At the time, Russia’s lobbying to lift oil sanctions against Iraq made a certain kind of sense. Saddam Hussein’s regime owed Russia billions and Moscow was hoping to get it back. Now it turns out there was much more to Russia’s agitating on behalf of Iraq in the United Nations. Saddam was bribing key Russian officials with cut-rate oil allocations.
And that, in turn, was pretty good reason for Russia to try to block the U.S.-led invasion: If Saddam’s regime fell, the world would find out about the bribes. And now it has, thanks to a probe by a Senate subcommittee.
From 1996 to 2003, the life of the world agency’s oil-for-food program, Saddam handed out oil allocations to senior Russian officials close to President Vladimir Putin, including his former chief of staff; political parties, including Putin’s own; and politicians like zany ultranationalist Vladimir Zhirinovsky. Even a government council of presidential advisers came in for $16 million in allocations.
Saddam allowed those favored to buy the allocations at a steep discount. They could be sold at a fat profit and still leave room for a generous kickback to Saddam, who siphoned off $2 billion from the oil-for-food deal. According to the Senate report, Russians accounted for more than 30 percent of the allocations.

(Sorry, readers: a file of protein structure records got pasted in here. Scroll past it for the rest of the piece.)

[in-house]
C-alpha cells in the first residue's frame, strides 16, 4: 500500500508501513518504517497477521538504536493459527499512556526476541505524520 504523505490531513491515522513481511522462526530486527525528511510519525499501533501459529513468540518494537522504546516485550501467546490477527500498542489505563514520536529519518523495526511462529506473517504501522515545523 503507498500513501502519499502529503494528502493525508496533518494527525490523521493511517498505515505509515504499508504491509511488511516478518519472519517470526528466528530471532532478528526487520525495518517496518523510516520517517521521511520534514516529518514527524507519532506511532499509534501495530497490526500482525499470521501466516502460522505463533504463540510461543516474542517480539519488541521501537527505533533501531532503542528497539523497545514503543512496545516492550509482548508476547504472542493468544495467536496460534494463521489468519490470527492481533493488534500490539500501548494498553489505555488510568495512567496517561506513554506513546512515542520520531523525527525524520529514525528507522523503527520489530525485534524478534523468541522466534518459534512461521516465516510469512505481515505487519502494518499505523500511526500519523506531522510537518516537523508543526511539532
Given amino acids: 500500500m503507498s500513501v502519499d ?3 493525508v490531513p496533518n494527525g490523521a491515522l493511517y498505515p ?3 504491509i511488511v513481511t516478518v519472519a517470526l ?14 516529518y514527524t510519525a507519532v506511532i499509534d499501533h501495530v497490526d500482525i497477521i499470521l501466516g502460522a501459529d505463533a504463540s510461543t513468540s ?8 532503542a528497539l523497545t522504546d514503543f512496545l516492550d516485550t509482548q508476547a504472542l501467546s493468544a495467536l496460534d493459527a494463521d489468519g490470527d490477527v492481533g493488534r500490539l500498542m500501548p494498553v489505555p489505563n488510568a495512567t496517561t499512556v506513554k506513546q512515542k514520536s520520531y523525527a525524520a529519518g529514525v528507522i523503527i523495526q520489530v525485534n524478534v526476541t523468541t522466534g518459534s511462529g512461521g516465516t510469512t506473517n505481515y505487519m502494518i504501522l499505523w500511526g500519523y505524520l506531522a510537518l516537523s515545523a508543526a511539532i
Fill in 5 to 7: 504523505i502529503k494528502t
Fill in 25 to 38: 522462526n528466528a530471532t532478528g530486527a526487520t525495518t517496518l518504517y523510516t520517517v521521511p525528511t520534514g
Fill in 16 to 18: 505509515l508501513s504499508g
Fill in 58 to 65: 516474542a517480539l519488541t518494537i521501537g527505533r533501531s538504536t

Instead of spending the money on food, medicine and other humanitarian assistance, the whole point of the program, Saddam spent it on himself and his underlings. Saddam wanted more than good will; he wanted results and generously rewarded the Russians for killing a move in the U.N. Security Council to tighten restrictions on his regime.
And it might have worked had Iraq not been invaded. France and Germany, whose politicians were also rewarded, were joining the clamor to lift sanctions. Meanwhile, another probe headed by former U.S. central banker Paul Volcker, found that the U.N.’s head of the oil-for-food program probably profited from it.
Iraq’s U.N. ambassador, Feisal Amin Istrabadi, told the Washington Post, "There were certainly commercial and political interests involved, and Russia behaved like any other state in looking out for itself." Sadly, that seems to have been the case.